Even though neonatal nursing is a vocation for many, at some point everyone will think about the money for a while. Next up, I’m going to give you the best possible answer to the question: “How much are they making money?”.

If you are more interested in nursing salaries check out this article of ours: Do Nurses Make Good Money? After that, you’ll know all about the nursing salaries.

How much does neonatal nurse make?

Okay, so how much does neonatal nurse make money on average or per hour?

According to PayScale and Glassdoor, the salary on average is between $43k and $102k in the USA. But how about the starting salary? Or the salary in the state of California, Florida or Texas? How about other countries than the United States?

I’ve written a full-depth article about Neonatal Nurse Salary that covers all you will ever need to know about it.

I urge you to take a closer look at that if you want to know everything about the salaries.

Neonatal nurse requirements

I got to tell you that becoming a neonatal nurse is not a simple task to take. But for sure, it is not impossible.

Requirements vary mostly depending on the country you are at. That’s why I separated these according to countries.

Requirements in the USA

First, you must have an Associate’s Degree in Nursing or a Bachelor’s Degree in Nursing to graduate as a registered nurse. Here you learn some more about the ADN vs BSN.

Some hospitals and institutes may accept newly graduated registered nurses who have passed the NCLEX-RN examination. Others may require you to have experience in adult-health or medical nursing.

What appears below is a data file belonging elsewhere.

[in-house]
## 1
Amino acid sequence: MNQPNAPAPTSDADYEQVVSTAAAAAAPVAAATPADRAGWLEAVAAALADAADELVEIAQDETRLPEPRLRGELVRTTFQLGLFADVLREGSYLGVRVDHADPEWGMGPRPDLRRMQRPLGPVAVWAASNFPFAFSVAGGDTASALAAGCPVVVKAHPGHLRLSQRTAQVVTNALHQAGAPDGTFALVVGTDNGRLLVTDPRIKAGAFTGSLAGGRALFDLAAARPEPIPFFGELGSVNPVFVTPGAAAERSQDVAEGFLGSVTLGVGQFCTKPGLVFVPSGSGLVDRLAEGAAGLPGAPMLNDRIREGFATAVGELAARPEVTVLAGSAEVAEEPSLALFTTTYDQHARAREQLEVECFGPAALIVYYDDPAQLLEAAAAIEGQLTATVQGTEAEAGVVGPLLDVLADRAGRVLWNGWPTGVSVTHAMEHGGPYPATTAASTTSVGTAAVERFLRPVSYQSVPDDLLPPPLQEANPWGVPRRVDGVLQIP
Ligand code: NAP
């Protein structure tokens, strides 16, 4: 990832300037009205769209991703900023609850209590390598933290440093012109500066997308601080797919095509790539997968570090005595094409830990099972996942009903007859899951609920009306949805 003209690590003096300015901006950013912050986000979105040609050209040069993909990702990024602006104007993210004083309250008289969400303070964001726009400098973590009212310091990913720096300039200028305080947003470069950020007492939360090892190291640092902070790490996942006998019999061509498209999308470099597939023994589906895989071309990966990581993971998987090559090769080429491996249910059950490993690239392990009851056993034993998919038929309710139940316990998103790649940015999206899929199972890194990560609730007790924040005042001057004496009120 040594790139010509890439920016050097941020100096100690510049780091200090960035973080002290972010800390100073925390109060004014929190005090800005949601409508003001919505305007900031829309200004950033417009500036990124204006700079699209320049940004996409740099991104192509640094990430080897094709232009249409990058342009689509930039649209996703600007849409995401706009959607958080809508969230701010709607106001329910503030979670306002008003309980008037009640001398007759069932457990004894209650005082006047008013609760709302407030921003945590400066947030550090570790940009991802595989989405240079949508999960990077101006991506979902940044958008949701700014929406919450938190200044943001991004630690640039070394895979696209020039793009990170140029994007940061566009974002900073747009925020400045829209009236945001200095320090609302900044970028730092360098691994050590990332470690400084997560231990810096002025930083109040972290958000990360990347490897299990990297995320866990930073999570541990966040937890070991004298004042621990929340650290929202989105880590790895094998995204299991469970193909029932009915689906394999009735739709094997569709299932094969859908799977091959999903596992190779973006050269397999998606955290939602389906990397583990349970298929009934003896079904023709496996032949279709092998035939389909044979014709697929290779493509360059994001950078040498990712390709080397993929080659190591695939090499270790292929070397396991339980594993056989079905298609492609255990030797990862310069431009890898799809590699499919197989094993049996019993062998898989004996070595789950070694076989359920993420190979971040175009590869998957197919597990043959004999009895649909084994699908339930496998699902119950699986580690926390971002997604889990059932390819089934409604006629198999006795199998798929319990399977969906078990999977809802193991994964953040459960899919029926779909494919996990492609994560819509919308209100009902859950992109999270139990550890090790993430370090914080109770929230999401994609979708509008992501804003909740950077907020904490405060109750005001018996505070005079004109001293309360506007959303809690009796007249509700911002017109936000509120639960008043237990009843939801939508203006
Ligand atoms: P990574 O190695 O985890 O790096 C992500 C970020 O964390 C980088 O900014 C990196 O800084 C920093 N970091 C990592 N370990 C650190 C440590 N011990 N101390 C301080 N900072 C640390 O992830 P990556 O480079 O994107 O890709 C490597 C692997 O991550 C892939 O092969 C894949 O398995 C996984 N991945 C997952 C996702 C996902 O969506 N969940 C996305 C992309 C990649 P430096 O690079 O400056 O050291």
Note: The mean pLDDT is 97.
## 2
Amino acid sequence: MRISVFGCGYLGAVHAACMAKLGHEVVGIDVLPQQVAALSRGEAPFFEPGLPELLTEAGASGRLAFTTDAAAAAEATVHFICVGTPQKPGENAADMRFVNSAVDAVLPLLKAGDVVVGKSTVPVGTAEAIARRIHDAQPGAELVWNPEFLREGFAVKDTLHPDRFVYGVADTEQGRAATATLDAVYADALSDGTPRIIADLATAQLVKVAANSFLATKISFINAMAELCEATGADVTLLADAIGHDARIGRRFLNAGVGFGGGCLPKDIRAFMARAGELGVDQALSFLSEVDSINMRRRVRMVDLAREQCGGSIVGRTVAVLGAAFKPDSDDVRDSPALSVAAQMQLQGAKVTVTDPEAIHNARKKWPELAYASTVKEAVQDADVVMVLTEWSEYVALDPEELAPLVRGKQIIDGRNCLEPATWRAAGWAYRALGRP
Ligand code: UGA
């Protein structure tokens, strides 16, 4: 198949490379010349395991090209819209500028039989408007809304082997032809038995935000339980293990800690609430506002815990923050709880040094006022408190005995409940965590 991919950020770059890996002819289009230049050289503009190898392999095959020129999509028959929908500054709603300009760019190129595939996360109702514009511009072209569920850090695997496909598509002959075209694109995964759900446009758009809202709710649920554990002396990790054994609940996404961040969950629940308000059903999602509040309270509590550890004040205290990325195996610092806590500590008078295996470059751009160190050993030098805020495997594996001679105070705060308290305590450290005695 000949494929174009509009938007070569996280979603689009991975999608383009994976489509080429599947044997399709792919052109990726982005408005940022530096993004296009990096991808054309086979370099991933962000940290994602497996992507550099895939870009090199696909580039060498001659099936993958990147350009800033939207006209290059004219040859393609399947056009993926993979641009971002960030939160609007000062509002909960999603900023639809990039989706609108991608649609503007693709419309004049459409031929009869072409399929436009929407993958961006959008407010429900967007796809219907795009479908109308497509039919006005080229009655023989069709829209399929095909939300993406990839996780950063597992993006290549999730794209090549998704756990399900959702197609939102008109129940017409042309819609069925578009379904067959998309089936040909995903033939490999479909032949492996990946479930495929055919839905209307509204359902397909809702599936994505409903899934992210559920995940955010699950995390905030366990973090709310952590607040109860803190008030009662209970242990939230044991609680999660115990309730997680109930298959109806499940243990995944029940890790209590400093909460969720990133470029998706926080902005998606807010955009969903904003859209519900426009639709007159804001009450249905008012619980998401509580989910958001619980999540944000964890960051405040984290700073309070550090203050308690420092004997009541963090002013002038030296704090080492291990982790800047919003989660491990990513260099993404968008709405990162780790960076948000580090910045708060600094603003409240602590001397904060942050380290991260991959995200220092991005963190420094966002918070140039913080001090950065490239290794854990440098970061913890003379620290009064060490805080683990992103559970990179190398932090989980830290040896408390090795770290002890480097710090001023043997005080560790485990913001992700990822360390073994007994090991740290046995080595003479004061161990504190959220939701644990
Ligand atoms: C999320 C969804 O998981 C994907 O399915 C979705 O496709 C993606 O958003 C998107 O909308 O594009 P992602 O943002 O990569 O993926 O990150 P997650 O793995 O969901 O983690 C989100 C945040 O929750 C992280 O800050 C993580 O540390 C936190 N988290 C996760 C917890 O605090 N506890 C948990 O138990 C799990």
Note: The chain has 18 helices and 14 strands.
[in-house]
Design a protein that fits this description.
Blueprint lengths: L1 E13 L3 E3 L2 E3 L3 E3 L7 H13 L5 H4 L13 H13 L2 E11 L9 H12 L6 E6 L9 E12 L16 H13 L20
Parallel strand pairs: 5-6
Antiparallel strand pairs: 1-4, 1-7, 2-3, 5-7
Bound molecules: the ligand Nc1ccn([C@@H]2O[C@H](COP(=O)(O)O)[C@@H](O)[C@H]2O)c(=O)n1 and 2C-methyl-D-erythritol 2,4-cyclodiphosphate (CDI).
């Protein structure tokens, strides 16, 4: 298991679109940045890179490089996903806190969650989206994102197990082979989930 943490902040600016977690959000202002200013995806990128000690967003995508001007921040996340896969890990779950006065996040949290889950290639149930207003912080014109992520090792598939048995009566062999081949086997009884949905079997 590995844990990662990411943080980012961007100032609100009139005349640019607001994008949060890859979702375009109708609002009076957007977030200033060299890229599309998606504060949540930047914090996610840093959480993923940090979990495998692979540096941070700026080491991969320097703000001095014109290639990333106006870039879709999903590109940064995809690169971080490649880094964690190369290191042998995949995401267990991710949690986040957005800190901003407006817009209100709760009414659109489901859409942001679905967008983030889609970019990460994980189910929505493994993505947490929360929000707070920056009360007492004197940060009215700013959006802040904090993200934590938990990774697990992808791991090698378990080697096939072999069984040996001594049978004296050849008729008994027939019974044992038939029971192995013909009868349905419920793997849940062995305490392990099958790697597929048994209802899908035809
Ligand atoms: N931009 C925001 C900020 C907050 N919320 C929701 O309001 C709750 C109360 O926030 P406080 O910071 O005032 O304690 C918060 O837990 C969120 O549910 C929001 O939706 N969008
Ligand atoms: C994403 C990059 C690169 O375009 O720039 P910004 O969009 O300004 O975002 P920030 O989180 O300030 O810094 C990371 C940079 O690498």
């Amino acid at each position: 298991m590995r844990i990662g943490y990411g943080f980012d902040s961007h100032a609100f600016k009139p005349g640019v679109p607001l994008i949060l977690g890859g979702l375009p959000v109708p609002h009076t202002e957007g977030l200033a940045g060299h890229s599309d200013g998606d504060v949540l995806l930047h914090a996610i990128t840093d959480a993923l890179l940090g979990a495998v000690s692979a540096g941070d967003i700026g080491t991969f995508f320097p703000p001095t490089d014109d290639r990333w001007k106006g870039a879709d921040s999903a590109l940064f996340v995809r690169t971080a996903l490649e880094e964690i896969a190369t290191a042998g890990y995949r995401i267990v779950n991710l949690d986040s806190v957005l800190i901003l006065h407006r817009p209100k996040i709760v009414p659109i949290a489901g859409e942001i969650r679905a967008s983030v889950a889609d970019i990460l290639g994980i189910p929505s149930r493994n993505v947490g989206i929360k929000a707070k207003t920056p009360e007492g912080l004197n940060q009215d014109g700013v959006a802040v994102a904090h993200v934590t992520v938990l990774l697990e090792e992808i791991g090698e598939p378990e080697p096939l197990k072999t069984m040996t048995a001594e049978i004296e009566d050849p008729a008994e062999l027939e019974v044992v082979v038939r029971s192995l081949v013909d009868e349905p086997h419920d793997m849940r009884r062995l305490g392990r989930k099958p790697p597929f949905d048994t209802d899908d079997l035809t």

Besides the requirement of education, you must also have the Neonatal Resuscitation Program completed.

These are the basic requirements in the USA. But is that everything?

You guessed it right, that’s not everything. NICU nurses will need to undergo annual tests and training to maintain contemporary practice.

Requirements in Europe

In Europe, you must have completed, of course, a nursing degree. That degree does not have to include college tuition.

So what you will need for that nursing degree? At least you’ll have to have GCSE (A-C) in Mathematics, English and a science-based subject, and two to three A-levels with one being in biological science.

After you have met these requirements, you are ready to apply for a job.

Requirements in Australia

Australia is a bit different about their requirements than the USA and European countries.

First, you’ll have to graduate as a registered nurse. After that, you will need two years of practical nursing experience. With two years of experience, you are eligible to undertake postgraduate studies in neonatal nursing.

Now you are able to apply for NICU nurse positions.

Neonatal nurse education

Neonatal Nurse Education

How about the education needed and possible paths? Also, this depends on the country you are in.

Why would I tell you briefly about the education as you can read all about it here: How To Become A Neonatal Nurse. That article covers all you will ever need to know about education.

Here are some noteworthy articles related to this one. Check these out if you would like to learn some more:

I’d really appreciate if you could give this article a star rating. It only takes a couple of seconds. Thank you in advance!

How useful was this post?

Click on a star to rate it!

Average rating 4.8 / 5. Vote count: 16

No votes so far! Be the first to rate this post.

We are sorry that this post was not useful for you!

Let us improve this post!

Tell us how we can improve this post?

Ida Koivisto

Ida Koivisto

Ida is a both registered nurse and public health nurse. Her passion is to provide as much as possible valuable information about nursing to the world. In her spare time from work and blogging, Ida loves to workout at the gym and spend time with relatives and friends.

Pin It on Pinterest